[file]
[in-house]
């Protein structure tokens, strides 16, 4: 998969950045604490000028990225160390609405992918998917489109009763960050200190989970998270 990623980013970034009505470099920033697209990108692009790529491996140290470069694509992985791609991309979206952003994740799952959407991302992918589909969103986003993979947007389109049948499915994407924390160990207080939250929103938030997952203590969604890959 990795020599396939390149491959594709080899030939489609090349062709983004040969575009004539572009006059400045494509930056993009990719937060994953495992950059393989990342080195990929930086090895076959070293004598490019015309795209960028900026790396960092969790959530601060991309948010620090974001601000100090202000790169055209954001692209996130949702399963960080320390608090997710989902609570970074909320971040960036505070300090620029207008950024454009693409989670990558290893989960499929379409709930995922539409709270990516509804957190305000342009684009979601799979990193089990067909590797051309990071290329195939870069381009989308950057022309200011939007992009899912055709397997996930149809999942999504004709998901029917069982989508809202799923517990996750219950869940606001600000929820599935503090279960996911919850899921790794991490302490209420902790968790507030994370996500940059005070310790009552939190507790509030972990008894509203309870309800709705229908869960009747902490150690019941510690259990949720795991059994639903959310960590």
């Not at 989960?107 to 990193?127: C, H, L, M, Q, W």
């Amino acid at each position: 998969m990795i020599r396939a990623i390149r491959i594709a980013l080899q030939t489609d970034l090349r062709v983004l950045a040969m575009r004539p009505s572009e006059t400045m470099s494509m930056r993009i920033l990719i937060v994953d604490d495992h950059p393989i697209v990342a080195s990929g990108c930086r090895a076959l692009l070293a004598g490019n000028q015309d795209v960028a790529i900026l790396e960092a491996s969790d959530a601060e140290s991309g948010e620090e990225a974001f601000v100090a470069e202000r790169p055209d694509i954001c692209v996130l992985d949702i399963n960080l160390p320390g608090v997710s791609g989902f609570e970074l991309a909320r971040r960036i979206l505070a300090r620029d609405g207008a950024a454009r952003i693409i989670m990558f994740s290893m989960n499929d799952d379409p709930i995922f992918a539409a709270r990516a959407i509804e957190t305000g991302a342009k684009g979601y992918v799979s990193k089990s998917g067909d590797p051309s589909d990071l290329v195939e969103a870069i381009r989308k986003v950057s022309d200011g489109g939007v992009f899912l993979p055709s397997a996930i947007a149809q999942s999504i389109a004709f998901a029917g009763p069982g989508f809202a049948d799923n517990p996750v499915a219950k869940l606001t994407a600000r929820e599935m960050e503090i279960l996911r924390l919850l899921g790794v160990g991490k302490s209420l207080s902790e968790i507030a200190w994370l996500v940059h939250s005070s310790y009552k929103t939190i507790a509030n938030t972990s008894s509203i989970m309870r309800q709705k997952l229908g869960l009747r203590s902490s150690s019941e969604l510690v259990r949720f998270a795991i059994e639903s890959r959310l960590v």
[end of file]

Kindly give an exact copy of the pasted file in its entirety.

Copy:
[in-house]
């Protein structure tokens, strides 16, 4: 998969950045604490000028990225160390609405992918998917489109009763960050200190989970998270 990623980013970034009505470099920033697209990108692009790529491996140290470069694509992985791609991309979206952003994740799952959407991302992918589909969103986003993979947007389109049948499915994407924390160990207080939250929103938030997952203590969604890959 990795020599396939390149491959594709080899030939489609090349062709983004040969575009004539572009006059400045494509930056993009990719937060994953495992950059393989990342080195990929930086090895076959070293004598490019015309795209960028900026790396960092969790959530601060991309948010620090974001601000100090202000790169055209954001692209996130949702399963960080320390608090997710989902609570970074909320971040960036505070300090620029207008950024454009693409989670990558290893989960499929379409709930995922539409709270990516509804957190305000342009684009979601799979990193089990067909590797051309990071290329195939870069381009989308950057022309200011939007992009899912055709397997996930149809999942999504004709998901029917069982989508809202799923517990996750219950869940606001600000929820599935503090279960996911919850899921790794991490302490209420902790968790507030994370996500940059005070310790009552939190507790509030972990008894509203309870309800709705229908869960009747902490150690019941510690259990949720795991059994639903959310960590």
């Not at 989960?107 to 990193?127: C, H, L, M, Q, W």
């Amino acid at each position: 998969m990795i020599r396939a990623i390149r491959i594709a980013l080899q030939t489609d970034l090349r062709v983004l950045a040969m575009r004539p009505s572009e006059t400045m470099s494509m930056r993009i920033l990719i937060v994953d604490d495992h950059p393989i697209v990342a080195s990929g990108c930086r090895a076959l692009l070293a004598g490019n000028q015309d795209v960028a790529i900026l790396e960092a491996s969790d959530a601060e140290s991309g948010e620090e990225a974001f601000v100090a470069e202000r790169p055209d694509i954001c692209v996130l992985d949702i399963n960080l160390p320390g608090v997710s791609g989902f609570e970074l991309a909320r971040r960036i979206l505070a300090r620029d609405g207008a950024a454009r952003i693409i989670m990558f994740s290893m989960n499929d799952d379409p709930i995922f992918a539409a709270r990516a959407i509804e957190t305000g991302a342009k684009g979601y992918v799979s990193k089990s998917g067909d590797p051309s589909d990071l290329v195939e969103a870069i381009r989308k986003v950057s022309d200011g489109g939007v992009f899912l993979p055709s397997a996930i947007a149809q999942s999504i389109a004709f998901a029917g009763p069982g989508f809202a049948d799923n517990p996750v499915a219950k869940l606001t994407a600000r929820e599935m960050e503090i279960l996911r924390l919850l899921g790794v160990g991490k302490s209420l207080s902790e968790i507030a200190w994370l996500v940059h939250s005070s310790y009552k929103t939190i507790a509030n938030t972990s008894s509203i989970m309870r309800q709705k997952l229908g869960l009747r203590s902490s150690s019941e969604l510690v259990r949720f998270a795991i059994e639903s890959r959310l960590v």